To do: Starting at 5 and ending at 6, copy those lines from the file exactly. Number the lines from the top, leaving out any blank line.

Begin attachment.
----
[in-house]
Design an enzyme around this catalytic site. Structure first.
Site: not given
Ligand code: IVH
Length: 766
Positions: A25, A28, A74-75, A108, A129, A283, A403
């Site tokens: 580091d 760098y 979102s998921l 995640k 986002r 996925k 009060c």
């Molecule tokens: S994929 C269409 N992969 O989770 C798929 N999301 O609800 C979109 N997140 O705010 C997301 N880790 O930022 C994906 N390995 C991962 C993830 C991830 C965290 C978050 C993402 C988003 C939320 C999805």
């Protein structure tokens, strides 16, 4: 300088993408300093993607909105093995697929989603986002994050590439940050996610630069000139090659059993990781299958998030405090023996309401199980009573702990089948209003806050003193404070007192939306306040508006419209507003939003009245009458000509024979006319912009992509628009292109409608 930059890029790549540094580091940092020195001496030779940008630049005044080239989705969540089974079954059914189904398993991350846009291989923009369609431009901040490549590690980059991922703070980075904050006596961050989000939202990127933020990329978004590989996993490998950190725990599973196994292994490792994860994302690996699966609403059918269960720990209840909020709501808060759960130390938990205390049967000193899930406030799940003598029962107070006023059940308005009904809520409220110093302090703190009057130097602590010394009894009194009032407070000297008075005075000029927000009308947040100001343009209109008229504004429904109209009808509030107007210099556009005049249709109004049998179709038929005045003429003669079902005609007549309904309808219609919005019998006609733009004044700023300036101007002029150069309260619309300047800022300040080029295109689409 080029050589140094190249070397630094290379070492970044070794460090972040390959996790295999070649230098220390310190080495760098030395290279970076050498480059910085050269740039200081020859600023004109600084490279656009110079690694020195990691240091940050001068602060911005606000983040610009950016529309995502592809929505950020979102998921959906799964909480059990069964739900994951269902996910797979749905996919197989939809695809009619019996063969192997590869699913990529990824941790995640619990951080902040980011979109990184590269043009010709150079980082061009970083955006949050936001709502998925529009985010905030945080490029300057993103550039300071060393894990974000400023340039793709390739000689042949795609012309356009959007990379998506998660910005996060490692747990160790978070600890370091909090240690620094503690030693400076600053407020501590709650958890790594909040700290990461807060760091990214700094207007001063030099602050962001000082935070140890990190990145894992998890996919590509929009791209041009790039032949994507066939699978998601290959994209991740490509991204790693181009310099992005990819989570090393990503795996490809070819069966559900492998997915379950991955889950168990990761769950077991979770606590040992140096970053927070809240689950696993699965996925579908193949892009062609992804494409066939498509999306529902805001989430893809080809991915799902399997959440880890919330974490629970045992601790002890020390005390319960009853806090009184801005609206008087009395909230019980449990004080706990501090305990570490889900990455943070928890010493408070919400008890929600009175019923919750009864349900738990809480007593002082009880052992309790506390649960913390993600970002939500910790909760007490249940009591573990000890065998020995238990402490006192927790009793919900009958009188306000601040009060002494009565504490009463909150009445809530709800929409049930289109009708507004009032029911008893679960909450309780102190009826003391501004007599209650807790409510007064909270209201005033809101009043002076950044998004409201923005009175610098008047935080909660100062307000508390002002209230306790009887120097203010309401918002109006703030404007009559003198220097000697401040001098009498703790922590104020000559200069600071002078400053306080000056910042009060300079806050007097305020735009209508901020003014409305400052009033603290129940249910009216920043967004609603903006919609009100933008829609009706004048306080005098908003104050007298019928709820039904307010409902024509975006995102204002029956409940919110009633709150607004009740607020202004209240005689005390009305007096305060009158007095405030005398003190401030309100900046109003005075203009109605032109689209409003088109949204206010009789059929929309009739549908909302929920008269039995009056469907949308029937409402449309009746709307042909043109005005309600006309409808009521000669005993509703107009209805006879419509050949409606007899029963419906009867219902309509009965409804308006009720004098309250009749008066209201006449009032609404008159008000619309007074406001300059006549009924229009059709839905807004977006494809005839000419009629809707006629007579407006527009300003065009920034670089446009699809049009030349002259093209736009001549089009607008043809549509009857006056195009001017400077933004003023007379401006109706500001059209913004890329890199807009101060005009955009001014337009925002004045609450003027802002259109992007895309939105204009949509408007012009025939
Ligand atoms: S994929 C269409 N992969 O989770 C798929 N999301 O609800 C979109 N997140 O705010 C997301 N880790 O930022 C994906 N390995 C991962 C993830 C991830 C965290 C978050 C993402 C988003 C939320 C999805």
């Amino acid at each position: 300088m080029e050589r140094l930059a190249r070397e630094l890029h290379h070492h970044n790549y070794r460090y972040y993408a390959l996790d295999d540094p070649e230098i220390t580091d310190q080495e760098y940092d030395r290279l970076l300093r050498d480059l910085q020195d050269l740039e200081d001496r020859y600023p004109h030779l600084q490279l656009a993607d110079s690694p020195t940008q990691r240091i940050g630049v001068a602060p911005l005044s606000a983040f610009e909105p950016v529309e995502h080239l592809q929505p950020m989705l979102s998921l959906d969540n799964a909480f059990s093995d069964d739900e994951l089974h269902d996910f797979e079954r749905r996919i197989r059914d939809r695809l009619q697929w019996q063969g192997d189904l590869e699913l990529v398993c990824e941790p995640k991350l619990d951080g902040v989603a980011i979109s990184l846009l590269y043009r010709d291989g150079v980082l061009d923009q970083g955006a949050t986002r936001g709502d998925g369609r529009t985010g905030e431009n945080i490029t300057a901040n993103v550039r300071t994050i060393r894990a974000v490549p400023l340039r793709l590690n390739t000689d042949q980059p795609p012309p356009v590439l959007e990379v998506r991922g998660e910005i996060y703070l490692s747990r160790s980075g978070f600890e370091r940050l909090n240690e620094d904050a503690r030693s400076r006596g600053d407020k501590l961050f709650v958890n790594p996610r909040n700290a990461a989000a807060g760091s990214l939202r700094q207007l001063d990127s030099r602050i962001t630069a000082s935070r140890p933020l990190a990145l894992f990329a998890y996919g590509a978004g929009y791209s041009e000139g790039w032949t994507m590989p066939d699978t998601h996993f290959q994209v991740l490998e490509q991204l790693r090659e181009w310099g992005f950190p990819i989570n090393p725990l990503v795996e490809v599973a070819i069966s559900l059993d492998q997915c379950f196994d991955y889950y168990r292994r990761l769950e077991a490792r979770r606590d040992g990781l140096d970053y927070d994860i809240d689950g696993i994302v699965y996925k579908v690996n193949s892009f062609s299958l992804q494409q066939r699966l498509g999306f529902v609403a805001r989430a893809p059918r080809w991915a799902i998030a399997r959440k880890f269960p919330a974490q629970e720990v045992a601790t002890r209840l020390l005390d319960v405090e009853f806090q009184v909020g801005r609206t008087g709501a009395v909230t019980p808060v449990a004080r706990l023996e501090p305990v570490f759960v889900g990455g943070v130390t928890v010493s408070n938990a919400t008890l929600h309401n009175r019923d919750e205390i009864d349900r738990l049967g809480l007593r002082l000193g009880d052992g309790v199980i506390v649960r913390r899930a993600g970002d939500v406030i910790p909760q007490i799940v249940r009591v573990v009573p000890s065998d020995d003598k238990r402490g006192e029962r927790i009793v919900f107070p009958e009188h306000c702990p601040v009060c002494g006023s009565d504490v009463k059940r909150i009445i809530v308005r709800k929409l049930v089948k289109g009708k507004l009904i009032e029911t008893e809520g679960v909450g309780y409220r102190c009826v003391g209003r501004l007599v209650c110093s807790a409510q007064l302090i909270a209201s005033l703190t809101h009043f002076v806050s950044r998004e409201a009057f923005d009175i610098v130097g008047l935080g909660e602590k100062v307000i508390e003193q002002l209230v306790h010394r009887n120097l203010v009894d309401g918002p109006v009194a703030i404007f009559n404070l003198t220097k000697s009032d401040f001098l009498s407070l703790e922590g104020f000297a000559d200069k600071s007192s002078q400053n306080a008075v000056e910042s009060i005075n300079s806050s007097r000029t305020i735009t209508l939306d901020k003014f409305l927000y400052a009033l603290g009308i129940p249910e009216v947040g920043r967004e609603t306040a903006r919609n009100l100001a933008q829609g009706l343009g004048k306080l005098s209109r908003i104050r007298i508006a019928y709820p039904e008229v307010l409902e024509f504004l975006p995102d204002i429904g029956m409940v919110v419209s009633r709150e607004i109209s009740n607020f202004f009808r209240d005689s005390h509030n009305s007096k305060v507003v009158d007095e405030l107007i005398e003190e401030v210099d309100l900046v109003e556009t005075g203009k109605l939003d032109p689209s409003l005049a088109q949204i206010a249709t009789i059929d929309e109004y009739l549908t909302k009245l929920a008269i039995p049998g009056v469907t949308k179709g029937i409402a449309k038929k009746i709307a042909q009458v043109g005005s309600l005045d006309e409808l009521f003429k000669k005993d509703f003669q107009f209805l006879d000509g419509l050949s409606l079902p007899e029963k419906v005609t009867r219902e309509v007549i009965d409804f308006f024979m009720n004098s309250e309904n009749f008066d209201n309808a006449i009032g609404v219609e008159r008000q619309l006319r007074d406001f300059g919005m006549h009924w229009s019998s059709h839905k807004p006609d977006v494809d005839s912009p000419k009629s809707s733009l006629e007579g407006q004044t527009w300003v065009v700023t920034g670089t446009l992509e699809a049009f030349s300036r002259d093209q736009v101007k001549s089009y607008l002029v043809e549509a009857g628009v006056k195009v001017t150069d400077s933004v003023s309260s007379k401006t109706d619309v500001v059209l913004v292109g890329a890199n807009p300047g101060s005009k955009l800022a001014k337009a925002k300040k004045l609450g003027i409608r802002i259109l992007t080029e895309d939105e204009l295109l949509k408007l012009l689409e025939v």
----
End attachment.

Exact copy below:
Length: 766
Positions: A25, A28, A74-75, A108, A129, A283, A403